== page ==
BMCR 1995.07.05

1995.07.05, Devine and Stephens, Prosody of Greek Speech

, , The prosody of Greek speech. Master and use copy. Digital master created according to Benchmark for Faithful Digital Reproductions of Monographs and Serials, Version 1. Digital Library Federation, December 2002.. Oxford: Oxford University Press, 1994. 1 online resource (xvi, 565 pages) : illustrations. ISBN 9781429405775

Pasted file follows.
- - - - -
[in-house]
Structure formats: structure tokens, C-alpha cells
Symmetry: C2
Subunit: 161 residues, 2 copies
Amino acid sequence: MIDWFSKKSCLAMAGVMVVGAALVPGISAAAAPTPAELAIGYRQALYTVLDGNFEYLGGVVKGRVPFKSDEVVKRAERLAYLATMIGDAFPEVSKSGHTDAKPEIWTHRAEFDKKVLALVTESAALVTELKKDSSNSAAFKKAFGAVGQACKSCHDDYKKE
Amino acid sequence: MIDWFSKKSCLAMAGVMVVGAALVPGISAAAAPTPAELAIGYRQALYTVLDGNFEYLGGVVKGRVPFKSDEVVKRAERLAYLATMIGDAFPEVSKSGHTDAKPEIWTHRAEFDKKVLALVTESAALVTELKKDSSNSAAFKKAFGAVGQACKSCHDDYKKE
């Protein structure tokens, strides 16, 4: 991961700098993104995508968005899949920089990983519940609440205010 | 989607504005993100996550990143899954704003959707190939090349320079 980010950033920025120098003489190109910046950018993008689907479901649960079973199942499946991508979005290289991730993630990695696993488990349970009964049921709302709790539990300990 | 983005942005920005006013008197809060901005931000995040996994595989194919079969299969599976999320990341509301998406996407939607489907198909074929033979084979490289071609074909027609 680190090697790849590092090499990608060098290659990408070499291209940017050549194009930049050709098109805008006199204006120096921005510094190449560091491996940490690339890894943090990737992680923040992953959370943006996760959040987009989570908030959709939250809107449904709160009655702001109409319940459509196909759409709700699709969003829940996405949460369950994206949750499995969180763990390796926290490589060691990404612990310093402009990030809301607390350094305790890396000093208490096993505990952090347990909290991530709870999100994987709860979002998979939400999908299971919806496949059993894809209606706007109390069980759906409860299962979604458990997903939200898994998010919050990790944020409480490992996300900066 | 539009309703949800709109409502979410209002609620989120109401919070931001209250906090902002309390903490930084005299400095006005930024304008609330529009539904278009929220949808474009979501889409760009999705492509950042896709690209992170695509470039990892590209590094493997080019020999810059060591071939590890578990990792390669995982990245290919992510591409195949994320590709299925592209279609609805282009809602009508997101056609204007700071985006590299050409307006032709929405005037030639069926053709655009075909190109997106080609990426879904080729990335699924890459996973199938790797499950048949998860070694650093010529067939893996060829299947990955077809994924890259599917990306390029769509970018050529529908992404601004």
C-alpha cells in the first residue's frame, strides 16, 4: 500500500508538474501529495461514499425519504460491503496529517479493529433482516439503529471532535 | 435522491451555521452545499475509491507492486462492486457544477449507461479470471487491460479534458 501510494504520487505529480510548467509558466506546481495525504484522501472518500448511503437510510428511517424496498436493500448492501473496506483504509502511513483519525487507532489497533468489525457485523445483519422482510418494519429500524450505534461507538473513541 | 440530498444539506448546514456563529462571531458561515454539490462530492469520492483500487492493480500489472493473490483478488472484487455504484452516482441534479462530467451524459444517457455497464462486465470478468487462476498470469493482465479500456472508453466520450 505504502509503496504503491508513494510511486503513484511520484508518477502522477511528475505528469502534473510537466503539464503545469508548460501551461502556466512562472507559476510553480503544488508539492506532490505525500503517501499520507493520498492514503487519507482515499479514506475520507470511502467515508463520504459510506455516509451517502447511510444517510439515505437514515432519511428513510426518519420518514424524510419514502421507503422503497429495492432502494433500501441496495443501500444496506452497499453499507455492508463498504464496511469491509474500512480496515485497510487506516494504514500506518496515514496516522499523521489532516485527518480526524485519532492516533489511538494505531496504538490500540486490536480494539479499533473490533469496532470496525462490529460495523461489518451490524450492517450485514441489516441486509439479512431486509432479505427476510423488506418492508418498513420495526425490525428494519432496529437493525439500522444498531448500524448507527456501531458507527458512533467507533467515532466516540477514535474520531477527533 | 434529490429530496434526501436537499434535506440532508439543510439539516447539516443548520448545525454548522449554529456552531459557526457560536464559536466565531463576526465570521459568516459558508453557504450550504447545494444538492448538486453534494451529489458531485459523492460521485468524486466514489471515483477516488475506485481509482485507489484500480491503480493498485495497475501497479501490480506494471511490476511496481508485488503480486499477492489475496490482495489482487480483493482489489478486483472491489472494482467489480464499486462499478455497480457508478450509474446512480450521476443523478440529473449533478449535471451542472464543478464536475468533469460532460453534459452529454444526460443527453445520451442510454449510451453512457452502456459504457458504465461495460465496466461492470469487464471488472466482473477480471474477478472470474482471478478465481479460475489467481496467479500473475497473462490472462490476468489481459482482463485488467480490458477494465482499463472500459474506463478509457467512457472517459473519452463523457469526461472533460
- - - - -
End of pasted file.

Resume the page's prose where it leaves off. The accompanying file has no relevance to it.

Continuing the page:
The intersection of classical philology and contemporary linguistics implicit in The Prosody of Greek Speech (hence PGS) is so narrow that the scholars who might be expected to read the book cover-to-cover with interest and understanding may well be the very same group called upon to review it for professional journals. This restriction to a specialist readership has as much to do with presentation as with the difficulty of bridging demanding disciplines. As I read this impressive record of the long and productive collaboration between A. M. Devine and Laurence D. Stephens, I recalled being asked over the years by quite a few mystified readers of CP and TAPA if I understood the DS papers and, if so, what they were about. Separately, it is true, the installments have been hard to contextualize, much less enjoy. Within the expansive framework of PGS, however, their project becomes more coherent, accessible and interesting.